Problems & Puzzles: Problems

Problem 35. More wrong turns...

"I once asked Andre Weil, the legendary mathematician, and also a superb historian,
why the Egyptians did this"
[to represent fractions as a sum of unit fractions],
said
[Ronald] Graham, "and he said 'They took a wrong turn..."
The Man who loved only numbers, by Paul Hoffman, p. 170

Any Unitary fractions 1/a, a = integer is also called an Egyptian fraction.

One particular interesting equation involving distinct Unitary fractions and widely studied is the following one:

S(1/ai ) = 1, for i =1 to k>1such that if ai = aj then i = j  ...................... [eq. 1]

The sum of every set of ai integers that satisfy  is called an "Egyptian number"

The least particular example of [eq. 1] is:

1 = 1/2+1/3+1/6, that provides the Egyptian number 11 = 2 + 3 + 6.

Is well known that there is not any solution to [eq. 1] if all the ai integers are asked to be:

* Consecutive numbers (Taeisinger, Kurschak)
* Numbers in Arithmetic Progression  (Nagell)
* Prime numbers

Other peculiar numerical results are:

1. John Leech says that if all the ai integers are distinct odd numbers, then you need at least 9 of them to satisfy [eq. 1], being the largest denominator at least 105. For some unknown reason, in the D11 section of the well known  R. K. Guy's book (UPiNT2) is offered only an example composed by 11 odd numbers: 3, 5, 7, 9, 15, 21, 27, 35, 63, 105, 135

2. Barbeau found a solution of [eq. 1] using 101 distinct positive integers no one dividing each other.

3. Allan Johnson found a solution of [eq. 1] using 48 distinct positive integers all of them having two prime factors (*)

***

Regarding the Leech problem & predictions, Jaime Ayala and myself got some weeks ago not one but four solutions to [eq. 1] using only 9 odd values (**) , confirming both of the Leech's predictions.

Here is our 'minimal' solution using 9 distinct odd numbers and having the least Egyptian number:

1/3+1/5+1/7+1/9+1/11+1/15+1/35+1/45+1/231 = 1

Questions:

1) Can you find the other 3 solutions using 9 distinct odd numbers? Is there other of these solutions unknown to us?

2) We think - according to our method - that our solution, shown above, is the least solution to [eq. 1] using only distinct odd numbers, in the double sense that it has only 9 odd numbers and also has the minimal Egyptian number. Is this true?

3) Can you find a solution that improves the Barbeau solution?

4) Can you find a solution that improves the Allan Johnston solution?

Other interesting references:

a) Eric Weisstein World of Mathematics
b) Kevin S. Brown

_____________________
* In the Barbeau and in the Johnson respective problems, the condition of the Leech problem (of being all the numbers odd numbers) does not applies.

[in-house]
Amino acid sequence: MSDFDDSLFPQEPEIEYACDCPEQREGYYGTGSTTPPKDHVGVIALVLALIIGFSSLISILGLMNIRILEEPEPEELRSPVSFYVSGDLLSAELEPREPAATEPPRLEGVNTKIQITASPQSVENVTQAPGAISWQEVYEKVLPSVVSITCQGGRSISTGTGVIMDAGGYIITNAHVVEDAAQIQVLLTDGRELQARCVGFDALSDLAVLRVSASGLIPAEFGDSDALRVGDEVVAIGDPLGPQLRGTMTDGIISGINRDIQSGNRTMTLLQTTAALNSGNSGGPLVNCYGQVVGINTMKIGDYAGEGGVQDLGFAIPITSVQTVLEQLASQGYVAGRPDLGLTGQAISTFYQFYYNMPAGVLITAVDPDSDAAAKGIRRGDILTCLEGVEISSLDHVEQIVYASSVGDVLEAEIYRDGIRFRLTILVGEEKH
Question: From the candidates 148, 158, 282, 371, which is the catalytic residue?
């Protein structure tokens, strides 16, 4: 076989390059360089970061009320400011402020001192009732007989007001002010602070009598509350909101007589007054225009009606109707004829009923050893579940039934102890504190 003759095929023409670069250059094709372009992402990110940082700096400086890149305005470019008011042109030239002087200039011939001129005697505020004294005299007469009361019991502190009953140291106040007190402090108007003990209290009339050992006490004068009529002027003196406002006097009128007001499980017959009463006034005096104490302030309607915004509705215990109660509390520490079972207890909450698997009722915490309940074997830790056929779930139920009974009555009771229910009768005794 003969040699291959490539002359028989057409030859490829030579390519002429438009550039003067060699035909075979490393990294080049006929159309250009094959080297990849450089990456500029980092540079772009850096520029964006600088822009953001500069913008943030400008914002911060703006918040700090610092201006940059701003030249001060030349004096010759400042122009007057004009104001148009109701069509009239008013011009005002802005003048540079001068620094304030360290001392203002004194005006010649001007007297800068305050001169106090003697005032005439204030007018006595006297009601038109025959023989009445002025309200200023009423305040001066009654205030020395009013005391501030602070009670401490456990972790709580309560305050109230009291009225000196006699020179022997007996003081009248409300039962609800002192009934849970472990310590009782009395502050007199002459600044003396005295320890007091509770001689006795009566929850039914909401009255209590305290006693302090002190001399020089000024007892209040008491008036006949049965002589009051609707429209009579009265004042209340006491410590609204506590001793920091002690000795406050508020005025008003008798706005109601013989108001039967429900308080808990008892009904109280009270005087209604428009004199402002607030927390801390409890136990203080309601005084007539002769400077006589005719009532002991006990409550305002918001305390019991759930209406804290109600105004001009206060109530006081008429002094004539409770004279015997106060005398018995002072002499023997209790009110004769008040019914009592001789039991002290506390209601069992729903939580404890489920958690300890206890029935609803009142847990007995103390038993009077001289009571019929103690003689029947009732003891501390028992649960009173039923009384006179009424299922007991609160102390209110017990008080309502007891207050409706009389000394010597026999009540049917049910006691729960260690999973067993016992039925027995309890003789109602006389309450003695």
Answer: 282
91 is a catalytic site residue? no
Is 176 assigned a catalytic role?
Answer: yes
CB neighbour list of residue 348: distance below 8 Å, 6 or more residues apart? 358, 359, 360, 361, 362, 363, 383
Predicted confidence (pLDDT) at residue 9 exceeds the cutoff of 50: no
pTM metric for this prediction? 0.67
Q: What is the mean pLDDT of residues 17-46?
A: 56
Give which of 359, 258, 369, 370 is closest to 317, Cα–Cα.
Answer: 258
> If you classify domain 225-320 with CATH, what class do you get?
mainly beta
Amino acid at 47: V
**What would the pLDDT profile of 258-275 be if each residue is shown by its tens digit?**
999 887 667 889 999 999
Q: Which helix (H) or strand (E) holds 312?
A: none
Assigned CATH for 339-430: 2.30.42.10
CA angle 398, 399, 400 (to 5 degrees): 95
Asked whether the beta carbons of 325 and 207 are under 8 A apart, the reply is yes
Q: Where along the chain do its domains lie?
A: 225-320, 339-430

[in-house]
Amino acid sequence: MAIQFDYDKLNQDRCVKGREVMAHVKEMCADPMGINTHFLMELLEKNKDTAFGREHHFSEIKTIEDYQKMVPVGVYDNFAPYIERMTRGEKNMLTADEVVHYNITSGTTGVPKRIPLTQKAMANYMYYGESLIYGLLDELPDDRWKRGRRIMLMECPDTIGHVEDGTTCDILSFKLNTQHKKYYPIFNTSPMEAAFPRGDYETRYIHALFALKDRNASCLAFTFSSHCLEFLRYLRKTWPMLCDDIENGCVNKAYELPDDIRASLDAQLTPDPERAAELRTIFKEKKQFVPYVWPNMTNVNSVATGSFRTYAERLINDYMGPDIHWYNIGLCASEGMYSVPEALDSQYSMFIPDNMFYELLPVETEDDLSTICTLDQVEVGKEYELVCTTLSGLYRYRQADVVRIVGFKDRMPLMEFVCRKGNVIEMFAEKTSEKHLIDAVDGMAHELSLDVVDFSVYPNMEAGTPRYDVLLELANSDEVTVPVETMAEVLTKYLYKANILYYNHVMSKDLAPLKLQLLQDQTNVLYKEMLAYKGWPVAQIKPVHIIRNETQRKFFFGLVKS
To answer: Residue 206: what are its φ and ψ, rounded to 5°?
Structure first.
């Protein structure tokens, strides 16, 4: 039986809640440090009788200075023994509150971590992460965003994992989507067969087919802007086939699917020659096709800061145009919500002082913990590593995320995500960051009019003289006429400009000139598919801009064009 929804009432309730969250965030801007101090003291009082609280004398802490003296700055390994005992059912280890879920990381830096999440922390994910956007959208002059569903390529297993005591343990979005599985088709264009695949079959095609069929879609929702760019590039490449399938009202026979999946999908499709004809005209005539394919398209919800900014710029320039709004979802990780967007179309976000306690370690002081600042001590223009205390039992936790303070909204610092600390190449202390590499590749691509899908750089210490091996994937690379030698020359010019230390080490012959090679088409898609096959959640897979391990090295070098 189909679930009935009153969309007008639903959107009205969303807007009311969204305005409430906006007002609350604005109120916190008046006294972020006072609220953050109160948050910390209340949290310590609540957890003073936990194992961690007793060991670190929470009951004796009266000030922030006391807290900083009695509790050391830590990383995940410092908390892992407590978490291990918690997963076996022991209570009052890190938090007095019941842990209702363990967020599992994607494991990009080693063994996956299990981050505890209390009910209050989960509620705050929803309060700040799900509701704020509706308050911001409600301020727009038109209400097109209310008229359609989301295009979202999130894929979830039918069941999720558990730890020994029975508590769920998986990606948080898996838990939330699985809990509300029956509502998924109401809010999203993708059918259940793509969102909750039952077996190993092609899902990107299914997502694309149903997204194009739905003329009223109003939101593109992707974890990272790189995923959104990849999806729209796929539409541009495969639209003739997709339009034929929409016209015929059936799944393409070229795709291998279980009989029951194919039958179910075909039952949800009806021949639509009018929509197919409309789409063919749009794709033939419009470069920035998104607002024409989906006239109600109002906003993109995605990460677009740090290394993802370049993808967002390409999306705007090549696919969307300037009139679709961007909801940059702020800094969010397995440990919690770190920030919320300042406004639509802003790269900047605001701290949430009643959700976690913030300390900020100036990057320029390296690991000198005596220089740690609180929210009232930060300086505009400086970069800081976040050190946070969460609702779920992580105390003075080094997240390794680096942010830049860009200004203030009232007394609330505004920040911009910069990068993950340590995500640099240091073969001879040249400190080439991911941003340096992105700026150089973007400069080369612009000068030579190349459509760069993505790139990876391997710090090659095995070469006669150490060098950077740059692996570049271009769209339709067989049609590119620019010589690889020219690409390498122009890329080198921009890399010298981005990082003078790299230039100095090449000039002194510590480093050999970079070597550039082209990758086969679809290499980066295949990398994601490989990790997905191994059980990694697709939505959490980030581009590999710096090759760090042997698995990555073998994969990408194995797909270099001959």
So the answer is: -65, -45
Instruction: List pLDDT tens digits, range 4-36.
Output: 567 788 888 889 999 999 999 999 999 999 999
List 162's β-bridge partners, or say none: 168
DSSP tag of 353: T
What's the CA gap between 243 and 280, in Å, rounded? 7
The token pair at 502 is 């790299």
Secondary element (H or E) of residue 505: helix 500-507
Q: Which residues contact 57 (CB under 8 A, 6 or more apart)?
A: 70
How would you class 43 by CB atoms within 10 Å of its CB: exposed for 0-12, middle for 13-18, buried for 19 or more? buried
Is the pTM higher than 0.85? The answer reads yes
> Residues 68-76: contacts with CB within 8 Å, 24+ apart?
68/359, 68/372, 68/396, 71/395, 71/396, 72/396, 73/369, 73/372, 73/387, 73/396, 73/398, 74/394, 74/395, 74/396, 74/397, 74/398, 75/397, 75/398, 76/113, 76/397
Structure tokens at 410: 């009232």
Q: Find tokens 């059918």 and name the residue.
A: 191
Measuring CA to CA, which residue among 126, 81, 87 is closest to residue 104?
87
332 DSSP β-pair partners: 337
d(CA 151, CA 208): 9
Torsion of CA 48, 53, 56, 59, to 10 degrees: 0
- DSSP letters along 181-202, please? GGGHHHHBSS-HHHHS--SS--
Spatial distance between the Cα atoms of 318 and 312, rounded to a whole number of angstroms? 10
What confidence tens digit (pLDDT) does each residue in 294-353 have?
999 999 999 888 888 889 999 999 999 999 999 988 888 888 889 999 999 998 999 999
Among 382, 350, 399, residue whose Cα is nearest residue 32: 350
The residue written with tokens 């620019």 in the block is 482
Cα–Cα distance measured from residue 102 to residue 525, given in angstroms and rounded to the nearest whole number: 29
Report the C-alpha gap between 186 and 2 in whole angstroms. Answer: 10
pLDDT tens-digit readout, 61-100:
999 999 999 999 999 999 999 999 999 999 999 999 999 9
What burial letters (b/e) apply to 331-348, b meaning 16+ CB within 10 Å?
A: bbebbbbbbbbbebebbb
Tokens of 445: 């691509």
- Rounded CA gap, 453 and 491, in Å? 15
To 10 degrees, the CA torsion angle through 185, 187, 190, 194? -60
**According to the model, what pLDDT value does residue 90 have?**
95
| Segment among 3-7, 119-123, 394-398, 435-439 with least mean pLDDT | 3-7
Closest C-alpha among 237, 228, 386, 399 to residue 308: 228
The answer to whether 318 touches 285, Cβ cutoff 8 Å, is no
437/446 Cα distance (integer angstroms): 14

** As a matter of fact the August 6, 2000 we informed of these solutions to R. K. Guy who answered the 22th of the same month: "... I am filing ready for UPINT3, should it ever appear. Best wishes, RKG"

Solution

Jud McCranie found (October 5, 2000) the other 3 solutions that we have found and a fifth one more!...

3 5 7 9 11 15 21 135 10395  <--- this is the unknown for us
3 5 7 9 11 15 21 165 693
3 5 7 9 11 15 21 231 315
3 5 7 9 11 15 33 45 385

(Of course that he also found the minimal solution with 9 members and 231 the largest one)

Jud thinks that there are only these 5 solutions with 9 membres and that there is not any smaller one.

***

Jean-Charles Meyrignac sent the following lines the 21/5/2001:

Digging in my books to search for some documentation, I found Martin Gardner's book of Mathematical Diversions. The problem was to decompose 1 as the sum of odd inverses. This problem has been solved by S. Yamashita in 1976 (and then Jean-Charles send the 5 solutions discovered between Jud, Jaime and myself 24 years later, partially due to the lack of this info in the R.K. Guy's book).

So Yamashita is the first solver of this question 1.

***

On Octobr 5, 2020, Tatsuru Watabane wrote:

I found answers for 3) and 4).

Of course, my solution for puzzle 899, for example, {6 10 14 15 21 22 26 33 34 35 38 39 46 51 55 57 58 62 65 69 74 82 85 86 87 91 93 95 106 111 123 133 145 155 159 185 203 215 253 265 287 319 493 583 731 851 1073} is also solution of 3) and 4). But I improved Barbeau’s solution and Johnson’s solution from a different perspective. Specifically, I found the lower limit of the maximum of the denominators.

The solution of 3) is:

{6 10 14 15 21 22 26 33 34 35 38 39 46 51 55 57 58 62 65 69 77 82 85 95 111 115 118 119 123 133 141 143 145 148 155 185 188 217 221 235 259 287 295 299 319 391 403 407 413}

49 distinct positive integers no one dividing each other are used in this example. This is unique solution where all denominators are 413 or less.

The solutions of 4):

The lower limit of the maximum of the denominators is 589, and there are three solutions where all denominators are 589 or less.

{6 10 14 15 21 22 26 33 34 35 38 39 46 51 55 57 58 62 65 69 77 82 85 91 93 95 106 119 123 129 143 145 159 161 187 203 213 217 247 265 287 299 341 355 403 473 493 497 559 583 589}(using 51 numbers)

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